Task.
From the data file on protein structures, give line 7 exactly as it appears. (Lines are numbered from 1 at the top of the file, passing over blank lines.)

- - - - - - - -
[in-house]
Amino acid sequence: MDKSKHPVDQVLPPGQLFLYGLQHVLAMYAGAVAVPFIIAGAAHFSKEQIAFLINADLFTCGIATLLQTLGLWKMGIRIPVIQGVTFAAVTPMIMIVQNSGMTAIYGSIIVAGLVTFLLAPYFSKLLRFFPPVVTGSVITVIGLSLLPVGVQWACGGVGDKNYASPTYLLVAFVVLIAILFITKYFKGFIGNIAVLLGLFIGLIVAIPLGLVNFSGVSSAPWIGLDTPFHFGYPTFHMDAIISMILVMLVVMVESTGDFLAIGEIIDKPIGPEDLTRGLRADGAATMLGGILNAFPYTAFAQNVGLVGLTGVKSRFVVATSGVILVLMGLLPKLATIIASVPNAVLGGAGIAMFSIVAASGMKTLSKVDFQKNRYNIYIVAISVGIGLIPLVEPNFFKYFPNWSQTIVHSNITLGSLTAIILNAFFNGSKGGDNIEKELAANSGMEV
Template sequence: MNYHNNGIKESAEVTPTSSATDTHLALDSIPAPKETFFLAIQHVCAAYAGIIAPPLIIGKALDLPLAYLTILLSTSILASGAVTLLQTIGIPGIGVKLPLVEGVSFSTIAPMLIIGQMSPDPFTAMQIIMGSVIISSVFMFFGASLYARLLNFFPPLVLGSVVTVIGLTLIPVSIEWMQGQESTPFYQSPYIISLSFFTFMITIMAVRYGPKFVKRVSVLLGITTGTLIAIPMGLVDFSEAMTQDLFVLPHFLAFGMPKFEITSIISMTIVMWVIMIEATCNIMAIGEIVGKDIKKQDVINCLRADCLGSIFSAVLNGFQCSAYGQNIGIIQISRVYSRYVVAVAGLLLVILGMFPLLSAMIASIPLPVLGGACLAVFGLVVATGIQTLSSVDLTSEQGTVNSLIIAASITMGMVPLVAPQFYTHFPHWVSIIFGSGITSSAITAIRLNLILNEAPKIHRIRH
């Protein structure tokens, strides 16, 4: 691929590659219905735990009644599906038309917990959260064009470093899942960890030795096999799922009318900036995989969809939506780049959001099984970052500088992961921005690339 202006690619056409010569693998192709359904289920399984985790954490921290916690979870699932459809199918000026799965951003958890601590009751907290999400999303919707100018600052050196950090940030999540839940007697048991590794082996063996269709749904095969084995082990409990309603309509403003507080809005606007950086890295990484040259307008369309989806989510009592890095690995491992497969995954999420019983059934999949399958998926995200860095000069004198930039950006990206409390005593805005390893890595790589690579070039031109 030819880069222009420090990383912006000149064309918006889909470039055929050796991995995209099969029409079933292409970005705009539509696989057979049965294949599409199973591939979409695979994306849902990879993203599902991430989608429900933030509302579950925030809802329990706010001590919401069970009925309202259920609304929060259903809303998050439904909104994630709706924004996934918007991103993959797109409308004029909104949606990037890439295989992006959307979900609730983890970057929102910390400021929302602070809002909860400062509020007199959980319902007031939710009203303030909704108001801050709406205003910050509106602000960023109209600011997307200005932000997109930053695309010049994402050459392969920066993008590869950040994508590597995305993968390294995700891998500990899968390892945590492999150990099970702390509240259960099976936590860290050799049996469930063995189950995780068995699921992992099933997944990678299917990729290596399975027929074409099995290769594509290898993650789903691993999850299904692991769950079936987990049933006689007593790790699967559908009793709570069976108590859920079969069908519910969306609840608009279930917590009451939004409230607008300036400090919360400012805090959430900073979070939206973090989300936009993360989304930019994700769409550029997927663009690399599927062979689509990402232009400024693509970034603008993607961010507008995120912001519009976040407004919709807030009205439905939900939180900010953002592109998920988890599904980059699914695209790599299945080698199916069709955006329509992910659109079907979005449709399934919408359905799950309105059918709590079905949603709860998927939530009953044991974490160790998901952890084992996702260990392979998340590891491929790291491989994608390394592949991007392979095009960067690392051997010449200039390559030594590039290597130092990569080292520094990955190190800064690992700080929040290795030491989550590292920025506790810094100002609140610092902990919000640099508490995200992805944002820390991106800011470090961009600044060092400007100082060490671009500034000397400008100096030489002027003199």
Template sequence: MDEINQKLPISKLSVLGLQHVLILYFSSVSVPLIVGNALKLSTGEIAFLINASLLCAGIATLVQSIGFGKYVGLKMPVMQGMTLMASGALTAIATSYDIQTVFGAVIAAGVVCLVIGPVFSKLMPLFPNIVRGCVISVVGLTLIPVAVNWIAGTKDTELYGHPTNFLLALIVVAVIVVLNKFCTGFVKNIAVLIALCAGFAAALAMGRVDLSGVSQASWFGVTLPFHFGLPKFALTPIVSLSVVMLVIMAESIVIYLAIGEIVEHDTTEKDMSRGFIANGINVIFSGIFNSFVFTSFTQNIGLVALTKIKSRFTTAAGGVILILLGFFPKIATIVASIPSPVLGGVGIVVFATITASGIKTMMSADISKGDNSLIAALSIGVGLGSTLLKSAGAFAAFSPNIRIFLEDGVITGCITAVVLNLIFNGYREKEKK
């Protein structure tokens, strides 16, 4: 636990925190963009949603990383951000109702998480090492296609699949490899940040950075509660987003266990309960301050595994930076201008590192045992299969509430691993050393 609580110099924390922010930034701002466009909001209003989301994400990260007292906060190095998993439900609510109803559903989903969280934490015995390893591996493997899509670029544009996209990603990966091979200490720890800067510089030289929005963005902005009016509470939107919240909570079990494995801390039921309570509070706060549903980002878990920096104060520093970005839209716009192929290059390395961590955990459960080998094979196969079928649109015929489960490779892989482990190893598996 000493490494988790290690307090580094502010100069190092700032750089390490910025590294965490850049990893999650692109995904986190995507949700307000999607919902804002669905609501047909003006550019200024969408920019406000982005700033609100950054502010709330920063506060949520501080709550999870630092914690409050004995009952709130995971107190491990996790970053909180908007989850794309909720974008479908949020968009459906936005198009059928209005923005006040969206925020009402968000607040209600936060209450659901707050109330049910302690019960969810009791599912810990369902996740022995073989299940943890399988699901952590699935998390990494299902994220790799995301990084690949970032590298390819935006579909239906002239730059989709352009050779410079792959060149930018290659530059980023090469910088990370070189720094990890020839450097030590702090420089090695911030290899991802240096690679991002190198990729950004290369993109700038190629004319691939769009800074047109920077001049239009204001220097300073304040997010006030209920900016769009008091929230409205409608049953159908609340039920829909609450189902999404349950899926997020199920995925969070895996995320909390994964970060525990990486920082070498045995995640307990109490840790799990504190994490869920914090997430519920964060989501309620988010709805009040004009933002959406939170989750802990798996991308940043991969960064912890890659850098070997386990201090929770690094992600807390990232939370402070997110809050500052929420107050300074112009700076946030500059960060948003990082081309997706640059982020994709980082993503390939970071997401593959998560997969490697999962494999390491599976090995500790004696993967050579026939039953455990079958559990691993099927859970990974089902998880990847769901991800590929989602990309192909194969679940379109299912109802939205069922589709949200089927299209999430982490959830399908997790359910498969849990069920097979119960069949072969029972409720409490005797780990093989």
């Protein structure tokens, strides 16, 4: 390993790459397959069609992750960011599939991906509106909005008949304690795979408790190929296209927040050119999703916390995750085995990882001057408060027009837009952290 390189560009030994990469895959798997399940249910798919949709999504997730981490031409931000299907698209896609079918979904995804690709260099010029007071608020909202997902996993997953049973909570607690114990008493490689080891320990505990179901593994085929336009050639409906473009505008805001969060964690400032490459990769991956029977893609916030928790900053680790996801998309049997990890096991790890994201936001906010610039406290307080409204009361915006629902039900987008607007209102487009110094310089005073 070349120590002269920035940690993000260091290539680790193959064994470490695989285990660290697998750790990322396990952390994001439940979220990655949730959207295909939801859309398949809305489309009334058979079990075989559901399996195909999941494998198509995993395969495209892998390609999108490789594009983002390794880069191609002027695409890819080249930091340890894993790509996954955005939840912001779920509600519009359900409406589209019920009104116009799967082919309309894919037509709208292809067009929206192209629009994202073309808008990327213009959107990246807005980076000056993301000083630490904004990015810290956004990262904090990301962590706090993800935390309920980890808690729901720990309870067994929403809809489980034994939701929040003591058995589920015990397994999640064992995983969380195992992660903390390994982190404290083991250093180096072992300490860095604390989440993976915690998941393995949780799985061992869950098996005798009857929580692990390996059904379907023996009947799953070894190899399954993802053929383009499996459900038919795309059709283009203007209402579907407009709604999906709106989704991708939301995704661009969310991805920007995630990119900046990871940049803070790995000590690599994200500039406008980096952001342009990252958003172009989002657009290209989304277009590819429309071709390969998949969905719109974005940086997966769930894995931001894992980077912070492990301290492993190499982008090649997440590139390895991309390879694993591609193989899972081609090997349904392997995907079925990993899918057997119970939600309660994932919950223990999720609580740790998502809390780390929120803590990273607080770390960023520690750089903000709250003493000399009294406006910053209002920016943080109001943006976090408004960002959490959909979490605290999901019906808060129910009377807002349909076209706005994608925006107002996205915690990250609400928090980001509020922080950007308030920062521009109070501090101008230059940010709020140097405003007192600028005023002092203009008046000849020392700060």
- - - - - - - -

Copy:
């Protein structure tokens, strides 16, 4: 390993790459397959069609992750960011599939991906509106909005008949304690795979408790190929296209927040050119999703916390995750085995990882001057408060027009837009952290 390189560009030994990469895959798997399940249910798919949709999504997730981490031409931000299907698209896609079918979904995804690709260099010029007071608020909202997902996993997953049973909570607690114990008493490689080891320990505990179901593994085929336009050639409906473009505008805001969060964690400032490459990769991956029977893609916030928790900053680790996801998309049997990890096991790890994201936001906010610039406290307080409204009361915006629902039900987008607007209102487009110094310089005073 070349120590002269920035940690993000260091290539680790193959064994470490695989285990660290697998750790990322396990952390994001439940979220990655949730959207295909939801859309398949809305489309009334058979079990075989559901399996195909999941494998198509995993395969495209892998390609999108490789594009983002390794880069191609002027695409890819080249930091340890894993790509996954955005939840912001779920509600519009359900409406589209019920009104116009799967082919309309894919037509709208292809067009929206192209629009994202073309808008990327213009959107990246807005980076000056993301000083630490904004990015810290956004990262904090990301962590706090993800935390309920980890808690729901720990309870067994929403809809489980034994939701929040003591058995589920015990397994999640064992995983969380195992992660903390390994982190404290083991250093180096072992300490860095604390989440993976915690998941393995949780799985061992869950098996005798009857929580692990390996059904379907023996009947799953070894190899399954993802053929383009499996459900038919795309059709283009203007209402579907407009709604999906709106989704991708939301995704661009969310991805920007995630990119900046990871940049803070790995000590690599994200500039406008980096952001342009990252958003172009989002657009290209989304277009590819429309071709390969998949969905719109974005940086997966769930894995931001894992980077912070492990301290492993190499982008090649997440590139390895991309390879694993591609193989899972081609090997349904392997995907079925990993899918057997119970939600309660994932919950223990999720609580740790998502809390780390929120803590990273607080770390960023520690750089903000709250003493000399009294406006910053209002920016943080109001943006976090408004960002959490959909979490605290999901019906808060129910009377807002349909076209706005994608925006107002996205915690990250609400928090980001509020922080950007308030920062521009109070501090101008230059940010709020140097405003007192600028005023002092203009008046000849020392700060």